Homosexual groups and atheists in the United Kingdom are not happy with their own government’s Equality and Human Rights Commission (EHR) decision to defend Christians who have faced discrimination based on their faith.
This defense comes after 5 years of claims filed by Christians stating they were punished in some form by their supervisors for displaying or talking about their faith.
"Wholly disproportionate," said the British Humanist Association upon hearing that the EHR Commission plans to intervene in several human rights cases on behalf of Christians that are moving to the European Court of Human Rights, according to World Net Daily (WND).
"It is one thing to make the case for reasonable accommodation in matters such as religious holidays, and quite another if the accommodation sought to allow the believer to discriminate against others in the provision of a service," said British Humanist chief Andrew Copson.
Ben Summerskill, chief of the homosexual advocacy institute called Stonewall, said in a report that the move by the government panel left him "deeply disturbed."
"The commission should be crystal clear that if it seeks to defend the claimed right of any public servant to turn away any user of a public service, it will face strong opposition," he said.
EHR claims that UK judges have been too narrow minded when ruling in regards to human rights. Four cases are being brought before the European Courts:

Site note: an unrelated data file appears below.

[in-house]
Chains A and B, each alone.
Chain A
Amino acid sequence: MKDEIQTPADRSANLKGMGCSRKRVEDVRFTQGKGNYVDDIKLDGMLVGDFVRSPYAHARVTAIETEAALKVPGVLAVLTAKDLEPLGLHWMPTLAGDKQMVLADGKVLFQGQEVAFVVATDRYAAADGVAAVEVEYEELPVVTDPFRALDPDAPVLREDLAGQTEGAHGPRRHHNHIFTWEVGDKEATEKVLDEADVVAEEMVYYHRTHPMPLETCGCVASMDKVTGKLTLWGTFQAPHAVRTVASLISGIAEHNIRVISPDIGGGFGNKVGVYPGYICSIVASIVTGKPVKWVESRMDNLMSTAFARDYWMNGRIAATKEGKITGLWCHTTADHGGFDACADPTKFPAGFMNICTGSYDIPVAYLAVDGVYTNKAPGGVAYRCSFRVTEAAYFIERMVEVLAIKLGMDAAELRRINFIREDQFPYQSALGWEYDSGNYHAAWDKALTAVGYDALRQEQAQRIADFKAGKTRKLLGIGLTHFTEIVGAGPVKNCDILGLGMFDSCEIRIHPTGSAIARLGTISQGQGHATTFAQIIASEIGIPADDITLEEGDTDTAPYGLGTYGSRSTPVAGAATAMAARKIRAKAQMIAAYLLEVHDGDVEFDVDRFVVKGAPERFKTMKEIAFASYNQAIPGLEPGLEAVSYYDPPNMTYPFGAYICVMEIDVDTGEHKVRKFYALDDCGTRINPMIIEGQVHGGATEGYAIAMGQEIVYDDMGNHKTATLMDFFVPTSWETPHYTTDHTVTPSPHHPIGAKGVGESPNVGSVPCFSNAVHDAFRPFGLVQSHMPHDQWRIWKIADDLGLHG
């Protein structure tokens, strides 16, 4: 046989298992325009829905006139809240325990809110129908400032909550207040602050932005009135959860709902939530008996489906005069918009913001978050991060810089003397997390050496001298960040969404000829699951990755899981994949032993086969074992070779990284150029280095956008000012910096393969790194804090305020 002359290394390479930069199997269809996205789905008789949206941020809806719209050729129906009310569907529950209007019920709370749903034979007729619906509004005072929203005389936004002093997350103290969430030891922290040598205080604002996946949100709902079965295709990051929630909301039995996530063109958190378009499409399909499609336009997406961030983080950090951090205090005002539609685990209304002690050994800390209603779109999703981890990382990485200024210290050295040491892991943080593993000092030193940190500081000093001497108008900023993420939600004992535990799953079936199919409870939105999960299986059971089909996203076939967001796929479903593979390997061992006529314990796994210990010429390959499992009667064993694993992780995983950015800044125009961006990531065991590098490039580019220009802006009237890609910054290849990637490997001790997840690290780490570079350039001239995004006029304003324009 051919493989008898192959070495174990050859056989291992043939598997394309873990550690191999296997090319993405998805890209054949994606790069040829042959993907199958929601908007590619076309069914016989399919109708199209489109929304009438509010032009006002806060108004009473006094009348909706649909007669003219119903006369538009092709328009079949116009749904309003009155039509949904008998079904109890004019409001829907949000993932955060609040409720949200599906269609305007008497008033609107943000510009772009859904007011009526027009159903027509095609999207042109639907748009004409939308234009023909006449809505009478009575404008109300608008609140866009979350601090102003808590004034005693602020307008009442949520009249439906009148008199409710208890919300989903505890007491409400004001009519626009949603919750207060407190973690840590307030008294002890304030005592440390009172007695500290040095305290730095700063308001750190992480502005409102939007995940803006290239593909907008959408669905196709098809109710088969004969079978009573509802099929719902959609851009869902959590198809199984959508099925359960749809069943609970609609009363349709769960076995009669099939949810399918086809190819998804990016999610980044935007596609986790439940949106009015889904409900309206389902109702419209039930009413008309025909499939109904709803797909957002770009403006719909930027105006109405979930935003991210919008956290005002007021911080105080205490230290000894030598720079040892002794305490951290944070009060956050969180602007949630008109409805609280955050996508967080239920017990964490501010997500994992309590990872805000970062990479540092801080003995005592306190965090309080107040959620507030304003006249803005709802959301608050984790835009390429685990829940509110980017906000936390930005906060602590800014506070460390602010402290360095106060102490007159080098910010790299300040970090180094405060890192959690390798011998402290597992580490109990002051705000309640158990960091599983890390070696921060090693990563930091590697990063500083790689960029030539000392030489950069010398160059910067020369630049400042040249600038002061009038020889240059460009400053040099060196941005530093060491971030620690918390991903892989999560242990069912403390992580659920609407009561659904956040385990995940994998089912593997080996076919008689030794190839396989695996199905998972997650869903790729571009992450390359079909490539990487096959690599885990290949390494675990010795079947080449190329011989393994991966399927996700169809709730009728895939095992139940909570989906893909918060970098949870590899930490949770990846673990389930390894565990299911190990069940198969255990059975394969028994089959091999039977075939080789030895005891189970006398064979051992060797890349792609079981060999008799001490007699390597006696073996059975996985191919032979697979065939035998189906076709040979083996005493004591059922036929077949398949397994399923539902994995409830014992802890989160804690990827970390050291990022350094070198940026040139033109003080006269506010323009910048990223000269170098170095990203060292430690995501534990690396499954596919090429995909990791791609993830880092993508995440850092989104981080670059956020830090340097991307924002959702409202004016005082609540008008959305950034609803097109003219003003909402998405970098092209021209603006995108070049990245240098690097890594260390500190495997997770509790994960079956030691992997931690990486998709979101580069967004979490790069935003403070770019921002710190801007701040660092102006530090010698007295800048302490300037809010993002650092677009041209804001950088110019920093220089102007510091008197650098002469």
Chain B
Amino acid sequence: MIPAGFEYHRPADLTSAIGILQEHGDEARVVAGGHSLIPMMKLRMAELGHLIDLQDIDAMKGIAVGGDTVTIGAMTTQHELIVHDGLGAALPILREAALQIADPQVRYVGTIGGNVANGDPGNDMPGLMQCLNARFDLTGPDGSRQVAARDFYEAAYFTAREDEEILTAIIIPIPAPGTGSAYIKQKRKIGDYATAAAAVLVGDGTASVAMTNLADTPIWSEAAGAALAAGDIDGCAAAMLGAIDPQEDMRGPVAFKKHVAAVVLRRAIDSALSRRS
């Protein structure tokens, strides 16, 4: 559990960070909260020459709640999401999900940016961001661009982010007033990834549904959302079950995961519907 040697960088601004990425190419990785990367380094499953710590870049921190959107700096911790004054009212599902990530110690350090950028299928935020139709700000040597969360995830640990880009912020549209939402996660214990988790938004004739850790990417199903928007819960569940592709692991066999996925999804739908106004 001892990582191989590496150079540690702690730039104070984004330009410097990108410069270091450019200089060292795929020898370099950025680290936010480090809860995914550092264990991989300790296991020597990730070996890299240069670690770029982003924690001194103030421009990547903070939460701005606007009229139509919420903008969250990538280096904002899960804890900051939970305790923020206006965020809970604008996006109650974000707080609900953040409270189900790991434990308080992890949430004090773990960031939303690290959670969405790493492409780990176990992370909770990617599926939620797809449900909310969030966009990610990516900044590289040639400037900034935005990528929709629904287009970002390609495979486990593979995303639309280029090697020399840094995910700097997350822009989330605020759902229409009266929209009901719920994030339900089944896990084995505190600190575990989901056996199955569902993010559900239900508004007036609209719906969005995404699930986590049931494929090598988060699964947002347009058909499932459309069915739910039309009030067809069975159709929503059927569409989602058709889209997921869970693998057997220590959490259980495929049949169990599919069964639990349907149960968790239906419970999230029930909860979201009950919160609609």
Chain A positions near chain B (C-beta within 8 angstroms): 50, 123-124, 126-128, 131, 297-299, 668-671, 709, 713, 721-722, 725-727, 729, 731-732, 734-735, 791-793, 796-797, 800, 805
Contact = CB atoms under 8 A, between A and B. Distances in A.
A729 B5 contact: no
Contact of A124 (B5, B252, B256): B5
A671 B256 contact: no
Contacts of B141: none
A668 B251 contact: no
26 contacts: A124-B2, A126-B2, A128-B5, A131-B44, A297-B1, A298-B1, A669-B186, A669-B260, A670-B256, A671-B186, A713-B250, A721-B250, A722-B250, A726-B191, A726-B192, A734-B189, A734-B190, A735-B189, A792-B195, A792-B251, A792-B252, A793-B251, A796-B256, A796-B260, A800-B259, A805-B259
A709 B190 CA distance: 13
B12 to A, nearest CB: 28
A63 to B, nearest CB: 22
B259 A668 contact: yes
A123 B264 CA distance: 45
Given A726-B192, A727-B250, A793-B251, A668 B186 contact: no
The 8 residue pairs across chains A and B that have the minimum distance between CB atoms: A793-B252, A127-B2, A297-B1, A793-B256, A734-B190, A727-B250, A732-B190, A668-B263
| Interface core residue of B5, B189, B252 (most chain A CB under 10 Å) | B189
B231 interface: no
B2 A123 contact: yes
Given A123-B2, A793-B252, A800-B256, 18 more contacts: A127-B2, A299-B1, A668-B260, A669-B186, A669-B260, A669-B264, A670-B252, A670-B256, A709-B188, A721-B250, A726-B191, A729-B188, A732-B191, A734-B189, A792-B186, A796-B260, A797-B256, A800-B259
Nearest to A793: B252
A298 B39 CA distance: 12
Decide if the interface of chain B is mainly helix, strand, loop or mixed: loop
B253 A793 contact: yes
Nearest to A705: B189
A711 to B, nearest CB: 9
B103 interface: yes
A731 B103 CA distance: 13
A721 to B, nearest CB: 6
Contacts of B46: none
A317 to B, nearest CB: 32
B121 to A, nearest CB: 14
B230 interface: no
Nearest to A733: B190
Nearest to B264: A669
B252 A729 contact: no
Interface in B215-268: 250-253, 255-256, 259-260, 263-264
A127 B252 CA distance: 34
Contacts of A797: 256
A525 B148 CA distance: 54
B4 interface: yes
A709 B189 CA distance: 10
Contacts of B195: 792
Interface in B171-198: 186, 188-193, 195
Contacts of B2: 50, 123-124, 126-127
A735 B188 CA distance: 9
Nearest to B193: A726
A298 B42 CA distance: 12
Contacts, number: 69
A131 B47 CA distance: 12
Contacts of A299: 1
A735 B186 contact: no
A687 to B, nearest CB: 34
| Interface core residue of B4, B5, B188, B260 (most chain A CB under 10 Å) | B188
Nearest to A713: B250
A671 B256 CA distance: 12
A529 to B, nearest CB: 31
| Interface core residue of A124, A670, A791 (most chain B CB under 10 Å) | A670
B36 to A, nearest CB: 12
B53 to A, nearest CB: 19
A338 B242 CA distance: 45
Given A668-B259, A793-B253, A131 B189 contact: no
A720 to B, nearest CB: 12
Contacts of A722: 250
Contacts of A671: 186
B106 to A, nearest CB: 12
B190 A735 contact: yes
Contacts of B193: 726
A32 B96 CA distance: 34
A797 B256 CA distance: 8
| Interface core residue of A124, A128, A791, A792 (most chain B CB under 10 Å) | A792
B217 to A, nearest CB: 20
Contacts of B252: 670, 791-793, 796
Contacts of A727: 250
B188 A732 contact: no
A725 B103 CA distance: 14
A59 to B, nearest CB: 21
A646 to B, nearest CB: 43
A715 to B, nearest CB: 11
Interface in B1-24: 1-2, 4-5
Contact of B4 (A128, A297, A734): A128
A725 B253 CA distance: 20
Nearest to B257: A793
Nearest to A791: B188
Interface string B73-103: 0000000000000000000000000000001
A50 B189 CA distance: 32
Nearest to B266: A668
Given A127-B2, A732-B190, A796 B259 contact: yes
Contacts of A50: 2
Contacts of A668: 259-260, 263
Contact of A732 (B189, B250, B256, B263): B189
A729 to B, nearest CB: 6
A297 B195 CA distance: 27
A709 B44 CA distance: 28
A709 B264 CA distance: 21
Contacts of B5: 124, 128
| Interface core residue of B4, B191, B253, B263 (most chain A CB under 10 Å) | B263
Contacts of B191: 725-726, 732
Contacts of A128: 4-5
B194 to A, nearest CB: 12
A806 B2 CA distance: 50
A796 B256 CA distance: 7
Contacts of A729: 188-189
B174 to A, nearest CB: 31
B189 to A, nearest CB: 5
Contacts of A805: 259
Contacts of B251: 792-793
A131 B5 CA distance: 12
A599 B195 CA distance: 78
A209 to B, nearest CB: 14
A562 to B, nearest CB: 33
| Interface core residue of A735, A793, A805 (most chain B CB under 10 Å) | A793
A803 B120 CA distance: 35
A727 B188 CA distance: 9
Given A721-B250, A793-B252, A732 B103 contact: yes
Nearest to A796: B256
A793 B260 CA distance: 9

(1) British Airways employee Nadia Eweida, who was sent home from work after refusing to remove a cross necklace; (2) counselor Gary McFarlane, who was fired for declining to advise homosexuals on their relationship; (3) Lilian Ladele, who was disciplined for refusing as a registrar to conduct "marriage" ceremonies for homosexuals; (4) and Shirley Chaplain, a nurse who was ordered to a desk job because she was wearing a cross necklace.
Another more startling claim to the EHR was the case of Eunice and Owen Johns, a Christian couple, who wanted to provide foster care for children in need. The government, however, ruled that the couple’s view on homosexuality deemed them ill fit to be foster parents. The Johns’ take a Biblical stance and refuse to promote homosexuality in their household.
In this particular case, the judges ruled that Christians’ rights must be limited. Article 9 of the European Convention states that every citizen is granted the freedom of thought and religion. It also states that citizens are free to practice their beliefs. However, judges ruled that the “manifestation” of Christianity is subject to “qualifications.” They therefore concluded that it cannot be justified that a position “held purely on religious grounds” could legally be defended.
The EHR Commission’s legal director, John Wadham, told WND, "Our intervention in these cases would encourage judges to interpret the law more broadly and more clearly to the benefit of people who are religious and those who are not."
He noted, "The idea of making reasonable adjustments to accommodate a person's needs has served disability discrimination law well for decades. It seems reasonable that a similar concept could be adopted to allow someone to manifest their religious beliefs."
The U.K. now has an entrenched bias against Christians, said Paul Diamond, a barrister who worked on the foster parent case claims. To him, there’s no point in appealing to the High Court ruling because of the bias.
Trevor Phillips, who chairs the EHR Commission, claimed last month that the person most likely to "feel slighted" because of their religion was an evangelical Christian, according to the Guardian.
The scheduled hearings are expected to last for about three months, beginning this fall.